“You should go to some meetups to talk with writers.” I later thought about how I could advertise “The Story.” I’ve found that when I’ve told people that I’m writing fiction, their interest is piqued, but without anything substantial written – besides the Sammohini Arc – the conversations drift off. Although every update like this helps get me closer to telling John [left] and Trishna’s [right] story, now, I have something tangible to show that I’m serious.
Spoilers?: None (advertising influencing content)
I ordered 500 of these business cards for less than $20.
They turned out well! The idea stirred to life thanks to the conversation that included the introductory quote. It might not have happened, however, if not for a lingering sense that I should do something similar to when I handed out business cards for my old business, or more accurately, as part of marketing we did at one helpdesk gig I worked for years ago. We had a competition and not only did I hand out more business cards, I learned the value of handing out feelies.
These business cards will help with 20% of “The Story.”
The idea, based on the Pareto Principle, is that for any concept to be successful, 20% of the effort should be applied to advertising the concept, with the remaining 80% of the effort applied toward making the product as good as it can be made. If you’re studying to be a programmer, 80% of your job is being/becoming a great programmer, with the remaining 20% showing that you are a great programmer.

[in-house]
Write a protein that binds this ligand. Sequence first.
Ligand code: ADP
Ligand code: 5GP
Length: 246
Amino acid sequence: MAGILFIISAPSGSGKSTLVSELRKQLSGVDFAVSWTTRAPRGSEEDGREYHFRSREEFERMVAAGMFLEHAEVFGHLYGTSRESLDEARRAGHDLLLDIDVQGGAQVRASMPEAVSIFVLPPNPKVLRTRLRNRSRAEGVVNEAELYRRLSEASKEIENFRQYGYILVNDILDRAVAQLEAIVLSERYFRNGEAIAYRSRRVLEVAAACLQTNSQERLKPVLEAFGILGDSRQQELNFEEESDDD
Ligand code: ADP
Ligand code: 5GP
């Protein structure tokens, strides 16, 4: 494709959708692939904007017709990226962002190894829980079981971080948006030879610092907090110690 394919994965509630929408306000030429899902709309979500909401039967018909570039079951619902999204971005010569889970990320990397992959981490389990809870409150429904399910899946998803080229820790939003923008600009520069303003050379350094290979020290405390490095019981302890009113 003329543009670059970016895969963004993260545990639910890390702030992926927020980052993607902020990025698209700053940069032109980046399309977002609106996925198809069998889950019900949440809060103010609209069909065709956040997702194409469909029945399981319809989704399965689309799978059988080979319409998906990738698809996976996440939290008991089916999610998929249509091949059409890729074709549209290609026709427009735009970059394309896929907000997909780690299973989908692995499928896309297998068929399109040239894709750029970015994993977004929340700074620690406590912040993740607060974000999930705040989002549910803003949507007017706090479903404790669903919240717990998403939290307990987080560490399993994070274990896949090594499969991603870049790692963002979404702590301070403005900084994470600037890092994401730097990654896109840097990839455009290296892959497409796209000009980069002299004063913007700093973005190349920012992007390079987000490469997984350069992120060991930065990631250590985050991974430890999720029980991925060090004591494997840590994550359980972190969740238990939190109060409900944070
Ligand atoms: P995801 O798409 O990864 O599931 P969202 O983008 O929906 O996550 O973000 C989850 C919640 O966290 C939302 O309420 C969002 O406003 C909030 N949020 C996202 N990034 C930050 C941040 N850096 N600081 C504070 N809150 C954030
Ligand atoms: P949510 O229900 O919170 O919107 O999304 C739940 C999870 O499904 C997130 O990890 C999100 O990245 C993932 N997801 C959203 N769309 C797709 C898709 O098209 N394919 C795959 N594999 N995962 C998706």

That’s the marketing and advertising of your craft.
You may have written the best stories in the world, may have developed the most effective code to save the most amount of time for someone, but if no one can read those stories or use those tools, then how good are they… really? Word of mouth only works so far. That’s where believing in yourself enough to shop your product around to higher bidders can be beneficial, especially when you know your end goals. Why not do whatever you can to encourage people to believe in you, too?
That’s where the feelies come into play.
Now, when I chat with people about my writing, and later when I go to writing or creative meet-ups, I’ll have something compact to show people my writing intents. Considering past conversations, I’ve attracted the most interest when I’ve told people I write fiction – rather than esoteric essays about self-confidence, for example – why not have a business card to show what I’m telling them about? Since they can’t physically interact with the John and Trishna minifigs, this is a good alternative.
Plus, they only cost about 3 cents each!
It’ll be worth much more than that when, during a meaningful conversation, I unobtrusively hand out a card, which might guide the conversation into brainstorming ideas that could build or improve “The Story.” That could seem annoying. I’d like to focus on the positive:
An easy way to market and advertise on my own terms.
|Quotes:  Ryan, a friend of the website.|
|Sources: The Story’s Imaginarium.|
|Inspirations: Explained in-line. I went with this photo because it captures a particular mood with John and Trishna petting Pollyanna, shows the characters clearly, and might be my favorite photo of the power couple thus far.|
|Related: Essays building “The Story.”|
Above: The finished product compared to the real deal.
Below: The first draft.
|Written On: August 1st [1 hour]|
|Last Edited: August 21st [1 hour – I ended up trashing most of the 337 words I wrote since it wasn’t that coherent, but at least I tried, which counts, perhaps…]|